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Rome Reports

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Eliminating mental health stigma in society and within the Church


Pope Francis dedicated the month of November to praying for people who suffer from depression. It's a problem that has only worsened during the Covid-19 pandemic.

POPE FRANCIS
November 2021

Let us pray that people who suffer from depression or burn-out will find support and a light that opens them up to life.

The prayer video was created with the support of the Association of Catholic Mental Health Ministers, a lay association of Christian faithful that provides spiritual support to people affected by mental illness.

DEACON ED SHOENER
President, Association of Catholic Mental Health Ministers

“It's wonderful to see Pope Francis naming it, so to speak, and talking openly about mental illness and suicide. He addressed an association of mental health professionals over the summer in Rome, and called for the elimination of the stigma within the broader society and also within the Church.”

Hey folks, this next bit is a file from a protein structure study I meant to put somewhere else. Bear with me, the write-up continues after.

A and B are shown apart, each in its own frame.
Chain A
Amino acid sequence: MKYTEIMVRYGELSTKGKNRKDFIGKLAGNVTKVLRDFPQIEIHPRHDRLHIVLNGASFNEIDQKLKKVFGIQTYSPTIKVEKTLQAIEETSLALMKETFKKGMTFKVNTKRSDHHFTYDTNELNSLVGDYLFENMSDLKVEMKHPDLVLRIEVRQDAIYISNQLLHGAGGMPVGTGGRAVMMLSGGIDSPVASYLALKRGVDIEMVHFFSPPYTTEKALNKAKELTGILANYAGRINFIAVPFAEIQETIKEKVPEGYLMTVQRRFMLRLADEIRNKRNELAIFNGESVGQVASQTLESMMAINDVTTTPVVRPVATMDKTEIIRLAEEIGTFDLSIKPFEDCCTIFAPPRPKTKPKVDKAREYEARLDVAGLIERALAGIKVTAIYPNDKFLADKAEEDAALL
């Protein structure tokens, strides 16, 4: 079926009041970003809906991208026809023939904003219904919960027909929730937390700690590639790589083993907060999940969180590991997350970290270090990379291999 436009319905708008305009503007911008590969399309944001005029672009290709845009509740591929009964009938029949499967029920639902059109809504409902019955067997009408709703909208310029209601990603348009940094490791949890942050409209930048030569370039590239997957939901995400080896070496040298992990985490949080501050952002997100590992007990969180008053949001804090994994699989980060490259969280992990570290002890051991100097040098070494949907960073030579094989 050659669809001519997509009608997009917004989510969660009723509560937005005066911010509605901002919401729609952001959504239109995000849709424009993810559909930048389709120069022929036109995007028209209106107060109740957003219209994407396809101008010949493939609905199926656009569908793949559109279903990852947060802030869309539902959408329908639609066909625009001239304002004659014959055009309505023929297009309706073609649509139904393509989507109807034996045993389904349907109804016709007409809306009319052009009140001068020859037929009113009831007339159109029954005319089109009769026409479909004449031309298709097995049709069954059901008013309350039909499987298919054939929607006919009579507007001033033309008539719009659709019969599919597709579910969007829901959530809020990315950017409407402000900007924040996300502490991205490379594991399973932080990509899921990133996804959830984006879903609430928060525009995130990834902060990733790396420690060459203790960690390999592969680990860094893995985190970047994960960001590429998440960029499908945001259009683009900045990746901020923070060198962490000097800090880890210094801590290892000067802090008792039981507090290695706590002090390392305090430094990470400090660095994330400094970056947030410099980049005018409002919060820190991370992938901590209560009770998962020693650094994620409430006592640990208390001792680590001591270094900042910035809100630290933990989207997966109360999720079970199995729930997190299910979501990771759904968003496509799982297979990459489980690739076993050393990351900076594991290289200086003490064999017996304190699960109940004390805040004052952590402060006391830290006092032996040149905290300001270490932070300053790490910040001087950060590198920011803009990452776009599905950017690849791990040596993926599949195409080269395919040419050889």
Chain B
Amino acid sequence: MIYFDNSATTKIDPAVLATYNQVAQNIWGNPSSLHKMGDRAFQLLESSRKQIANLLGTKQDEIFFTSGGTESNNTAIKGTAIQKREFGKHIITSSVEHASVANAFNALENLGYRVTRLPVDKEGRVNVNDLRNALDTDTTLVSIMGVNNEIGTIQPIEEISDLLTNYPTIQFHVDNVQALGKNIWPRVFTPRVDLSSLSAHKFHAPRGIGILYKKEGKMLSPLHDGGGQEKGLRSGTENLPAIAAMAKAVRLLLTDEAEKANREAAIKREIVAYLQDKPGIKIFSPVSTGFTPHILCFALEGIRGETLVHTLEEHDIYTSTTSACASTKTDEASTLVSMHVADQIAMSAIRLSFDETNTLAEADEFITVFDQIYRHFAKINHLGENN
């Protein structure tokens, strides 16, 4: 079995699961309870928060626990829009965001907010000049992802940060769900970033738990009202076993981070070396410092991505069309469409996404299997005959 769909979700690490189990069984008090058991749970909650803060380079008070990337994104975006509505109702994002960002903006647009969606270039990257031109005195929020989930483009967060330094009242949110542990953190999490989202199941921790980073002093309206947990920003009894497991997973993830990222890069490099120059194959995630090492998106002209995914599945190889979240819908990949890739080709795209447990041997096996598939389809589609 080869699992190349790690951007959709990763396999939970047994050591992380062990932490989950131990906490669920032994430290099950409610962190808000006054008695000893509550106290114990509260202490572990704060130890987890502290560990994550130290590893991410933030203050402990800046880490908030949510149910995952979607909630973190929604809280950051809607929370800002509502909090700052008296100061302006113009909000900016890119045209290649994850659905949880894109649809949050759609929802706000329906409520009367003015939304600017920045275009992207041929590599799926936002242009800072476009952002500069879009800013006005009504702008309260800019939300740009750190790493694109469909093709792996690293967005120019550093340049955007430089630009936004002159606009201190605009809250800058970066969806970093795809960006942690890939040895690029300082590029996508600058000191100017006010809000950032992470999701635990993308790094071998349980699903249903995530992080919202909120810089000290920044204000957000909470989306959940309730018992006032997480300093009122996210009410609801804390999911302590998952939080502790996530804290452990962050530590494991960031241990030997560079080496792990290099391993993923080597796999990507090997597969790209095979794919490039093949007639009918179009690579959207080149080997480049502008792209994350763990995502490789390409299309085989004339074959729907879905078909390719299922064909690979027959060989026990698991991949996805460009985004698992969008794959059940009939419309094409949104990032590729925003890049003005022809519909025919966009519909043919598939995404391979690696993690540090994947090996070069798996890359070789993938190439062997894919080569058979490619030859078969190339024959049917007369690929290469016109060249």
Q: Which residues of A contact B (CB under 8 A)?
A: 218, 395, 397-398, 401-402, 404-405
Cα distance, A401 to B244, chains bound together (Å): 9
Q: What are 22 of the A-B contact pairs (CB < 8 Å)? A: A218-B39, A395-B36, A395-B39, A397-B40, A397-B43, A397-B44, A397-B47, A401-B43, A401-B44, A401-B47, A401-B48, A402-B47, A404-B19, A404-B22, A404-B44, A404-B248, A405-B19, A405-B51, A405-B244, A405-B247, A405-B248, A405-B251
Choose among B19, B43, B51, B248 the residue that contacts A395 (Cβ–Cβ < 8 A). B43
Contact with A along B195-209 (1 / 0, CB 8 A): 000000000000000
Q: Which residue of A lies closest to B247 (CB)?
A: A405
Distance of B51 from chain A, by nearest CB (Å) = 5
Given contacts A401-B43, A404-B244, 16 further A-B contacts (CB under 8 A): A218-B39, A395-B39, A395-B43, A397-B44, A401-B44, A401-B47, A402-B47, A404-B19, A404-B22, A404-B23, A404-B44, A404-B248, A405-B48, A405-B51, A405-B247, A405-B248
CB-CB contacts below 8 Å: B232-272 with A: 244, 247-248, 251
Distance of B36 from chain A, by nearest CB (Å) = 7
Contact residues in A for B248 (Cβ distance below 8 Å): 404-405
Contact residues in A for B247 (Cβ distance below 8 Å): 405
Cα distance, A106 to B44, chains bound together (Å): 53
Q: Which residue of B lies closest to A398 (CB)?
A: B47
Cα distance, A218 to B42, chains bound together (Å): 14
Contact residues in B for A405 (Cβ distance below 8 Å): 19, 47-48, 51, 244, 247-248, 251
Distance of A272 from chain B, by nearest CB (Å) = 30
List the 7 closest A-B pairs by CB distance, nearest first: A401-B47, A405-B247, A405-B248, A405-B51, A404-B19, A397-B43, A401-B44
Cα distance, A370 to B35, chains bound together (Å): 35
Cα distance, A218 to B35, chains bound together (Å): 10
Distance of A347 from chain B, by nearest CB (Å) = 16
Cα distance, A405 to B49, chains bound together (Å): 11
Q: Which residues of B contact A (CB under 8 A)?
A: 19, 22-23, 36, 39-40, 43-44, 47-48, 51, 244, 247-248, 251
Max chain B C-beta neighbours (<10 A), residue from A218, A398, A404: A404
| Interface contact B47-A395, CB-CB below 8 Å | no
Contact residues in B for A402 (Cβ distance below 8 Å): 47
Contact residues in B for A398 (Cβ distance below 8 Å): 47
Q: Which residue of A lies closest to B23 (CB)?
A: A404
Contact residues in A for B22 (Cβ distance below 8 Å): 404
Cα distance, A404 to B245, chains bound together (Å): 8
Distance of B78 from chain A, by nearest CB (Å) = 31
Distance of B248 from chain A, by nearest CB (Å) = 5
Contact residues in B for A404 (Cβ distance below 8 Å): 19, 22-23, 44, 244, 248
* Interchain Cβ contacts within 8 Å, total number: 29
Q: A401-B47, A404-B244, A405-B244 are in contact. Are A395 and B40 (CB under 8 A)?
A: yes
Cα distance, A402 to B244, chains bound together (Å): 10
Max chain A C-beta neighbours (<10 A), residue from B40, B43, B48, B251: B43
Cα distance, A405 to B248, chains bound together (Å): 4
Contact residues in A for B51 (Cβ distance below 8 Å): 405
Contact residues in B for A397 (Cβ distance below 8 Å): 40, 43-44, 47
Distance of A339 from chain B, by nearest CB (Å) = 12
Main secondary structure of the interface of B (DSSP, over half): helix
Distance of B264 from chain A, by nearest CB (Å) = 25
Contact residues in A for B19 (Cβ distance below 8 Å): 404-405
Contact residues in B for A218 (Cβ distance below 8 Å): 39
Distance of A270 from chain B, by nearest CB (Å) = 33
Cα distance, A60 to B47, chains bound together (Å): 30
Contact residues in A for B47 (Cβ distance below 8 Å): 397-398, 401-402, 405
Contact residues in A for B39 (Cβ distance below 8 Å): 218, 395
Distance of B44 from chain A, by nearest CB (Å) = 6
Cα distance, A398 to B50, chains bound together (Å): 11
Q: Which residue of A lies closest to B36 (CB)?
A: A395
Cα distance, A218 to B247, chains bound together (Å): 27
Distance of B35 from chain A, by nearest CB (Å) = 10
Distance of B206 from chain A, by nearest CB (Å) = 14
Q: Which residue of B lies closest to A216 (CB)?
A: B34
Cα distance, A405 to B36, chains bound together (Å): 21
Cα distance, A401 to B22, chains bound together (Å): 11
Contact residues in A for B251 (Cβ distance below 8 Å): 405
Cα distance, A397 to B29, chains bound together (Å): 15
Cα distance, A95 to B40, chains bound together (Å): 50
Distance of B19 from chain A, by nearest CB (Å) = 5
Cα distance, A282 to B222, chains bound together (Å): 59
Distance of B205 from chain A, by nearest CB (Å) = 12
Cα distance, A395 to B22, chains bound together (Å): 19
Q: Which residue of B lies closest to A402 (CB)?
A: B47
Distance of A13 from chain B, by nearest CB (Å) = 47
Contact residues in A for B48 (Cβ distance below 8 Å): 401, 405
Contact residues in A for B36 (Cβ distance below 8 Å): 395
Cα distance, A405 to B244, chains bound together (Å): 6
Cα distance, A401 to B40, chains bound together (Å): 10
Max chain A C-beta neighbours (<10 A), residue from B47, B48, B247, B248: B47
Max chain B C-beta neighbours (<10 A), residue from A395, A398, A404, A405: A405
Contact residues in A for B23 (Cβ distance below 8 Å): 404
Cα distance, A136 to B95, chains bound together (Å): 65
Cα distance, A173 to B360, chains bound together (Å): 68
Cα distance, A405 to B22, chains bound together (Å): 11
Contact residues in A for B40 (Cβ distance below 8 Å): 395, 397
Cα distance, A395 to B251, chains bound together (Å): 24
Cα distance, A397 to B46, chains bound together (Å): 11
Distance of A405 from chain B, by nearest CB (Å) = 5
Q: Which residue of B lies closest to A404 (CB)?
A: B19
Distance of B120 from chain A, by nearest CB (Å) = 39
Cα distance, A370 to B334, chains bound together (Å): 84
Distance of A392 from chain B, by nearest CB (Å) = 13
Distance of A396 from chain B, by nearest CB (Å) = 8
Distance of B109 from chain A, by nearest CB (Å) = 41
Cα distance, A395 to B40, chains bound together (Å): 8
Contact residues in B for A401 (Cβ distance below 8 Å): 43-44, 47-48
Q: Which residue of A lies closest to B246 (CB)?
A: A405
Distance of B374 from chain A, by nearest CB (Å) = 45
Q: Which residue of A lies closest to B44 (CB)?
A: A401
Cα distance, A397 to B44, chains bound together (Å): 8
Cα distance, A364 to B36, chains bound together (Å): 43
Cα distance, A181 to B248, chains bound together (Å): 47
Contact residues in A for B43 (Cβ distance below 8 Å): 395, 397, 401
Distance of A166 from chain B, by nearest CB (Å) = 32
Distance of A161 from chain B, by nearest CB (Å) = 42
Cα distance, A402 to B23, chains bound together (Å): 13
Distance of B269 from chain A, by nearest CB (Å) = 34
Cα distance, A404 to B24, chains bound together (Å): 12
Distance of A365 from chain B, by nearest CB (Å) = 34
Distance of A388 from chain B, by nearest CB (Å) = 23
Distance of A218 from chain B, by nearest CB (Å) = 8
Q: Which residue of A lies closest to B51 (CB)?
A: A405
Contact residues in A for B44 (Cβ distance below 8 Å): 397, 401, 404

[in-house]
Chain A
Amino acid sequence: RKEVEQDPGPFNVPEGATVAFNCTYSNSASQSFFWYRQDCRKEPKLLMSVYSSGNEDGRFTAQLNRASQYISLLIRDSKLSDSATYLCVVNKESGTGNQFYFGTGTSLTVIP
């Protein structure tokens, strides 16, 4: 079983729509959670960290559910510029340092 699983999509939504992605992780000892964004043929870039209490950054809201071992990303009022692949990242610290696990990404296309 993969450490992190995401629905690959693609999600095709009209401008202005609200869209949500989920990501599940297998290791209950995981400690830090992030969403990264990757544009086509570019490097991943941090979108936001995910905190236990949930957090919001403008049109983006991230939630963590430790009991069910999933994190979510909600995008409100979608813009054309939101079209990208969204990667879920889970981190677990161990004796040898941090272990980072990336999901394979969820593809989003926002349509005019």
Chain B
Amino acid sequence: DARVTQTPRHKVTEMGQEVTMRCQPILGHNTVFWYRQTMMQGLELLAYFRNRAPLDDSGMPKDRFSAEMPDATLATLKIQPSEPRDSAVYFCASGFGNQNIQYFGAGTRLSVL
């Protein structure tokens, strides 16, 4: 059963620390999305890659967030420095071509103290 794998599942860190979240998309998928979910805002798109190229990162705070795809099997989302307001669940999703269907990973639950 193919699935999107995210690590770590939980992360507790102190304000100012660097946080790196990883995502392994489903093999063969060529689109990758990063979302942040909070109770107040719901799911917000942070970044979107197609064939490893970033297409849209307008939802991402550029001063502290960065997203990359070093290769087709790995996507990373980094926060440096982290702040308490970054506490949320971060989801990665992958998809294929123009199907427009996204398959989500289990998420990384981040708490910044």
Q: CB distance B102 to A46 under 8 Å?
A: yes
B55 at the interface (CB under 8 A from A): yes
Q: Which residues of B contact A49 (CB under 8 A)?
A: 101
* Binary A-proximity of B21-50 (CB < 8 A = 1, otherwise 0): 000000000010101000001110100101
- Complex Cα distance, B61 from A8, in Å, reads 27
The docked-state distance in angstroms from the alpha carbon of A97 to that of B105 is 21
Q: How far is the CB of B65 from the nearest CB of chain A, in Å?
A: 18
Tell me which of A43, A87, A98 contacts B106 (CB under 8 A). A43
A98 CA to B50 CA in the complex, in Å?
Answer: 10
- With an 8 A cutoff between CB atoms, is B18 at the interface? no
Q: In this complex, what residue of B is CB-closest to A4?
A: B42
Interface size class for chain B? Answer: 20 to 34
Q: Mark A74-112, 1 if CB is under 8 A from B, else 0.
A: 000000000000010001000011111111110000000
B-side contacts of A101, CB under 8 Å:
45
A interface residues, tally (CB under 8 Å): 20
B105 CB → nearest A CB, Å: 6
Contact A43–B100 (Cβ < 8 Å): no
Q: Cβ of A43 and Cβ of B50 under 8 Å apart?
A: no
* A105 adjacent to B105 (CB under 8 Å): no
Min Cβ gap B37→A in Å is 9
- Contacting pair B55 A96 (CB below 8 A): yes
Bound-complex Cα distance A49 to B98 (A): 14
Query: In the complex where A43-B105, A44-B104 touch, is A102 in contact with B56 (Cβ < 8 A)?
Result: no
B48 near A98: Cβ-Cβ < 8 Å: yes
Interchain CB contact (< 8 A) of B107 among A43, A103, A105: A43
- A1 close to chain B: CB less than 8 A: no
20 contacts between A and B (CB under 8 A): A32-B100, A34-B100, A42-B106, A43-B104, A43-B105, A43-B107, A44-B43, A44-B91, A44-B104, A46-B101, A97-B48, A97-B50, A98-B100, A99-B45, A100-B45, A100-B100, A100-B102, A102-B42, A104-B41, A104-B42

Deacon Shoener is all too familiar with the reality of mental illness. In 2016, he lost his daughter, Katie, to suicide. After her death, he wrote a short obituary saying that although Katie had suffered from bipolar disorder and died by suicide, her mental illness is not what defined her.

DEACON ED SHOENER
President, Association of Catholic Mental Health Ministers

“(The obituary) got picked up and went viral because apparently it spoke to what so many people who live with mental illness experience: that they're defined by their illness and that they have to live with stigma and even discrimination, and that when someone loses a loved one to suicide, people are sort of set off to the side.”

Mental health has been on the Pope's radar since even before the Covid-19 pandemic. In fact, it was one of the topics brought up during the United States bishops' ad limina meetings with the Pope in 2019.

BISHOP JOHN DOLAN
Diocese of San Diego (California)

“I shared with the Pope my own walk through losing people who have died by suicide: my brother, my sister and her husband, all through suicide. I had hoped that the USCCB, the United States Conference of Catholic Bishops, would also write a letter, some pastoral letter in this response. And I said, 'And honestly, Your Holiness, I would hope that you would be able to do the same.' And he said, 'I will do it.'”

The support and resources offered by entities like the Association of Catholic Mental Health Ministers are a concrete step toward overcoming the stigma associated with mental illness and suicide, which claims hundreds of thousands of lives each year.

sanctuarymentalhealth.org

CT
Sanctuary Mental Health Ministries